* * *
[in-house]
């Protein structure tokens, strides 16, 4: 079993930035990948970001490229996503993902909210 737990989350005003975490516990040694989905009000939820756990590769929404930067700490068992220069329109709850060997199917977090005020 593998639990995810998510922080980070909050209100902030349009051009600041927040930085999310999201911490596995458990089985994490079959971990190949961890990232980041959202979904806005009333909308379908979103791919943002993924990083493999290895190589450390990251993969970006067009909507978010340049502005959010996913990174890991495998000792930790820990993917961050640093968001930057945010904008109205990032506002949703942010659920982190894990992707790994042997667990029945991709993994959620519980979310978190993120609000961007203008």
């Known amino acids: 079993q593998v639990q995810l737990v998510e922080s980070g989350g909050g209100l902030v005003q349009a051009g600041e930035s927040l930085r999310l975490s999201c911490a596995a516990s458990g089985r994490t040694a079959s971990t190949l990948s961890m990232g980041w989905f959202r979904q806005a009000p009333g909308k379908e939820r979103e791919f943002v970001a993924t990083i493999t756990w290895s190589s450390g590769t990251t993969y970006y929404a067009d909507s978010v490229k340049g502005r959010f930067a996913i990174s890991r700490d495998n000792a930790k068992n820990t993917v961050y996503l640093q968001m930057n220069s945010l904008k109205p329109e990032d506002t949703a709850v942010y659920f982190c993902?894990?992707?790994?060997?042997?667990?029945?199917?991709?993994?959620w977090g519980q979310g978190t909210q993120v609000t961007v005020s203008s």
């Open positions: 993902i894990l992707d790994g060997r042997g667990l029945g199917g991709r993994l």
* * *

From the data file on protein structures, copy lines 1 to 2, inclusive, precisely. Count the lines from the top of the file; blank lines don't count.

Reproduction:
[in-house]
């Protein structure tokens, strides 16, 4: 079993930035990948970001490229996503993902909210 737990989350005003975490516990040694989905009000939820756990590769929404930067700490068992220069329109709850060997199917977090005020 593998639990995810998510922080980070909050209100902030349009051009600041927040930085999310999201911490596995458990089985994490079959971990190949961890990232980041959202979904806005009333909308379908979103791919943002993924990083493999290895190589450390990251993969970006067009909507978010340049502005959010996913990174890991495998000792930790820990993917961050640093968001930057945010904008109205990032506002949703942010659920982190894990992707790994042997667990029945991709993994959620519980979310978190993120609000961007203008």